Then Moses said, “What if they will not believe me or listen to what I say? For they may say, ‘The Lord has not appeared to you.’” The Lord said to him, “What is that in your hand?” And he said, “A staff.”Exodus 4:1-2
Have you ever argued with God?
Perhaps about what He asked you to do or a frustration you currently have. Or maybe it’s an objection because you don’t feel ready or equipped to do what He’s calling you to do.
Like Moses in the verse above, we’re often quick to argue, object, and make excuses to avoid His calling. It could be fear, insecurity, or shame. No matter what it is, God still reassures us we can do it with His help. He points to a resource, a person, or an object to remind you He’s with you.
Every time I find myself in this boat, I try to remember what I’m about to share with you. It’s helped me take action, overcome insecurity, and find confidence in God, and I know it will for you, too.
God Gives Us Reminders
When Moses encountered the burning bush in Exodus 3, God revealed His heart about the Israelites in Egypt. He called Moses to retrieve His people, yet despite this phenomenon, Moses objected several times, saying, who am I to go do this? Who should I say called me? What if they don’t believe me? What if they don’t listen?
Even though God confirmed they would listen (Exodus 3:18), Moses still felt unqualified, insecure, and afraid. In Exodus 4, God helps Moses see it wasn’t about what he could or couldn’t do, but it was about what God would do through and with him. He confirmed He would work through Moses in signs and wonders and even had Aaron (Moses’s brother) become his spokesperson. He used other people and physical items to reassure Moses He was with him.
In verse 17, God says: And you shall take in your hand this staff, with which you shall perform the signs (4:17). This staff became Moses’s tool and symbol. Not only was it there to prove God’s word and existence to Pharaoh, Egypt, and the Israelites, but also to remind Moses that God was with him. It was his support, protection, and influence. It’s as if it reminded him to pause and think about what God said, despite his disbelief.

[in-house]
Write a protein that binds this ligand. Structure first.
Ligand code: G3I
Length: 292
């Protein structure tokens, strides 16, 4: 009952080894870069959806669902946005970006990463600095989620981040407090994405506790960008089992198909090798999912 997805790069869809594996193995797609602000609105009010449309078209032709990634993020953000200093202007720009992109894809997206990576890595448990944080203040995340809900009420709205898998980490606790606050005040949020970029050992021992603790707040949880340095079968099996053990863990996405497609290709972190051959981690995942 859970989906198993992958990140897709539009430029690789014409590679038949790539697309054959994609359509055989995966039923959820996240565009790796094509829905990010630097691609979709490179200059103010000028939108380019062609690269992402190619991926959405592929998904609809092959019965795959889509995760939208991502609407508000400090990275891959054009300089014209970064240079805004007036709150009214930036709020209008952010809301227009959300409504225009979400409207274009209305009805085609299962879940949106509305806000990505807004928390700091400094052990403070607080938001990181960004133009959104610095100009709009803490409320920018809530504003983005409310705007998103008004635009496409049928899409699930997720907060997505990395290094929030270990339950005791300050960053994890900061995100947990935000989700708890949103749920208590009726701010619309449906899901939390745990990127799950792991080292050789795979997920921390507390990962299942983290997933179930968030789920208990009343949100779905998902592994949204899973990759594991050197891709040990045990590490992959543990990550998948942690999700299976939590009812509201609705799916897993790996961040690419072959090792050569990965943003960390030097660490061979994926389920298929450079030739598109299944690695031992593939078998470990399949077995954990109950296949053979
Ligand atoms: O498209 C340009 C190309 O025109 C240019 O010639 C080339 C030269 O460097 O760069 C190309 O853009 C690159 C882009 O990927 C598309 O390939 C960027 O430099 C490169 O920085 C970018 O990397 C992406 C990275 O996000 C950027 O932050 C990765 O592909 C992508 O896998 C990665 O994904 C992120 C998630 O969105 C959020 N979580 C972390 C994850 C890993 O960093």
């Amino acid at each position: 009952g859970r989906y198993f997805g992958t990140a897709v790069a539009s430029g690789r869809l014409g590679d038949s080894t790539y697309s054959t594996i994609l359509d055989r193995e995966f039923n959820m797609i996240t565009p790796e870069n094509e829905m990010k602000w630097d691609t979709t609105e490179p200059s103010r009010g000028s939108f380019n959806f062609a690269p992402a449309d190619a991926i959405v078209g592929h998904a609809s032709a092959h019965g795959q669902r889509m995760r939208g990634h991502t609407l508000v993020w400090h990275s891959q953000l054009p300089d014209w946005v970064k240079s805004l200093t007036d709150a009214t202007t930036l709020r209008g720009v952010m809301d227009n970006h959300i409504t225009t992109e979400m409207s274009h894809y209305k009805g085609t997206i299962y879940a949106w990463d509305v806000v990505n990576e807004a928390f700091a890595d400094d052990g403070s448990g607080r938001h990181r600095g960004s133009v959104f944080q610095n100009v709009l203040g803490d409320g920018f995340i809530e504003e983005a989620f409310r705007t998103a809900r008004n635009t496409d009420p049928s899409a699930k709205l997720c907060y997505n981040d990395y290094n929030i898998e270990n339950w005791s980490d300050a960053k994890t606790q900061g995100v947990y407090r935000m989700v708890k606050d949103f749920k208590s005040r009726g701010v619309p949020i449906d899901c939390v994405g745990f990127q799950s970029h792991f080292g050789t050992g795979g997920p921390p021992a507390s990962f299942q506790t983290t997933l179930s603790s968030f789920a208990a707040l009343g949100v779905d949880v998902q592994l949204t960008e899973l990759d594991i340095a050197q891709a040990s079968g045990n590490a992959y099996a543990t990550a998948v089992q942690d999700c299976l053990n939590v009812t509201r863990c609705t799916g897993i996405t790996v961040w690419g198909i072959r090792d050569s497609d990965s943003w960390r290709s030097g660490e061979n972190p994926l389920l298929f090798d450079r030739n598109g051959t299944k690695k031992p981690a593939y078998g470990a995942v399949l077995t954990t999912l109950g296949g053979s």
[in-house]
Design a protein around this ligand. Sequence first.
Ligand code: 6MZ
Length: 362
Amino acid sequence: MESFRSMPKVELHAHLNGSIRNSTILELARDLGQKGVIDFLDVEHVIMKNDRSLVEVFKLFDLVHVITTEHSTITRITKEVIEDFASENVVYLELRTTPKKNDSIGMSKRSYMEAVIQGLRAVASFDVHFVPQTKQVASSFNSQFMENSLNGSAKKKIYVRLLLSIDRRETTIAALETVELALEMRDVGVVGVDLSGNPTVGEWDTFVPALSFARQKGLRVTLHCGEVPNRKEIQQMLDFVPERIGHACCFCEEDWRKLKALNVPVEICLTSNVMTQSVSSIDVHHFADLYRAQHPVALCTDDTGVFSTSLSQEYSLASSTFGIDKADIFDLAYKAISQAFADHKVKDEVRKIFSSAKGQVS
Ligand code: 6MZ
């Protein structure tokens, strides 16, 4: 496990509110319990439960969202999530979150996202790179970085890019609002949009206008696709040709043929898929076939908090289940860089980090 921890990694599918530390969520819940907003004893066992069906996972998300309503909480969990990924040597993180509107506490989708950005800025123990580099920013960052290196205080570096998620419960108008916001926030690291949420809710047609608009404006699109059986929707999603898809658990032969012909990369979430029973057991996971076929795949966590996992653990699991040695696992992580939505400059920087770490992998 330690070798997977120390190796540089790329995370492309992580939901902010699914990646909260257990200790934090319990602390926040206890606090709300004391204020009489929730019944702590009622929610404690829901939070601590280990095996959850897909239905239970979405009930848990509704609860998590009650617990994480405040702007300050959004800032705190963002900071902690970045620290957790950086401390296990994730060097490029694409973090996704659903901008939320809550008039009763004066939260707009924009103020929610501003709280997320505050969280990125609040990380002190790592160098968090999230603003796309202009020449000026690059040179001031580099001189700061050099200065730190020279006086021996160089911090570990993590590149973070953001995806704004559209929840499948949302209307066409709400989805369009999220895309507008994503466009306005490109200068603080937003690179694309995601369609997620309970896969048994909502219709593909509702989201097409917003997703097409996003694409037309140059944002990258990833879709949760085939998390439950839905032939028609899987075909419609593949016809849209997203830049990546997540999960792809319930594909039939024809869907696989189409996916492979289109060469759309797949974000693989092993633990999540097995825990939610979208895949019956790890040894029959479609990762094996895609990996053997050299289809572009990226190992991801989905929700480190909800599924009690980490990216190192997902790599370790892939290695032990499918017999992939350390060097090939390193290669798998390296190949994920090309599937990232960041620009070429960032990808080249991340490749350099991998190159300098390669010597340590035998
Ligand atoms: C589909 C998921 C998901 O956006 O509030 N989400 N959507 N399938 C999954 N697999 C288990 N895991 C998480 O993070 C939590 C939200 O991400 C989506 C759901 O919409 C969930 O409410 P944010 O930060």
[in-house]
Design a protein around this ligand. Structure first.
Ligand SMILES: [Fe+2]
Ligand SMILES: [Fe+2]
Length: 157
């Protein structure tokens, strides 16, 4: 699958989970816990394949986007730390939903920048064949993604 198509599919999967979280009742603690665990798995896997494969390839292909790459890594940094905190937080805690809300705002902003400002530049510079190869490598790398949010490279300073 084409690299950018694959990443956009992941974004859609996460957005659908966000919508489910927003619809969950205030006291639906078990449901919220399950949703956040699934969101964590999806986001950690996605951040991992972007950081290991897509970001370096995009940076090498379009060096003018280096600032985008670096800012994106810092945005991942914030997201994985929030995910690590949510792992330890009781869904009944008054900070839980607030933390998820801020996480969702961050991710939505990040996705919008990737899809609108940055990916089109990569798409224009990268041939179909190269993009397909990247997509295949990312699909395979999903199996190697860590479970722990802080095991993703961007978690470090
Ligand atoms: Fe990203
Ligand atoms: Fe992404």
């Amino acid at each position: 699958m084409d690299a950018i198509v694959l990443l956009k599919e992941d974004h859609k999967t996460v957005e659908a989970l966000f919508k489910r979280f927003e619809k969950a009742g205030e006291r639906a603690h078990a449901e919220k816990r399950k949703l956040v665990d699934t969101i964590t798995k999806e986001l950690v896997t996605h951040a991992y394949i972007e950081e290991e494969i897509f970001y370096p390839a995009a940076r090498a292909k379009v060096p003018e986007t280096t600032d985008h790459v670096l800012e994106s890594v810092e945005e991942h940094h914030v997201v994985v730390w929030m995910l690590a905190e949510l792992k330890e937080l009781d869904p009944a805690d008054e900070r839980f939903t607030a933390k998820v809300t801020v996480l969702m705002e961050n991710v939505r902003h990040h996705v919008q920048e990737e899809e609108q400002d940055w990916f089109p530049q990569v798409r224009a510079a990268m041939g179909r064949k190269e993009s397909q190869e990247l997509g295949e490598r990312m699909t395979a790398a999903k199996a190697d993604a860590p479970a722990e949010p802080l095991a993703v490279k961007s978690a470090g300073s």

It was his support, protection, and influence. It’s as if it reminded him to pause and think about what God said, despite his disbelief.
In the next few minutes, I’ll share what Samekh means and explain how it can help us understand the verses in Psalm 119:113-120. Just like Moses had his staff to remember that God was with him, there’s a staff that we can use in our daily life for the same.
Definition of Samekh
The root word of the letter Samekh means “to uphold, support, or lean on.” This leads several scholars to liken the letter to a shield because of its shape; others compare it to God’s omnipresence as our support; while others connect it to a shepherd’s influence when shepherding flocks.
Modern-day studies compare this letter to a staff, which actually helps weave each of these meanings together. You can use a staff to lean on and get support, as a shield for protection, and like Moses or a shepherd, as influence.
In Psalm 119, the psalmist turns to it for these three necessities as well. He helps us see that no matter what situation we’re facing, even when we want to make an objection, God reminds us He’s always with us.
113 I hate those who are double-minded, But I love Your Law.
114 You are my hiding place and my shield; I wait for Your word.
115 Leave me, you evildoers, So that I may comply with the commandments of my God.
116 Sustain me according to Your word, that I may live; And do not let me be ashamed of my hope.
117 Sustain me so that I may be safe, That I may have regard for Your statutes continually.
118 You have rejected all those who stray from Your statutes, For their deceitfulness is useless.
119 You have removed all the wicked of the earth like impurities; Therefore I love Your testimonies.
120 My flesh trembles from the fear of You, And I am afraid of Your judgments.Psalm 119:113-120
The Word of God is our Influence
The psalmist makes a lot of straightforward statements. Some that can make us recoil and object, “God’s not like that.” But if you look at the timing of this writing, you can see that the culture was completely different. Not only so, but there are Bible versions that don’t capture the full meanings behind most phrases.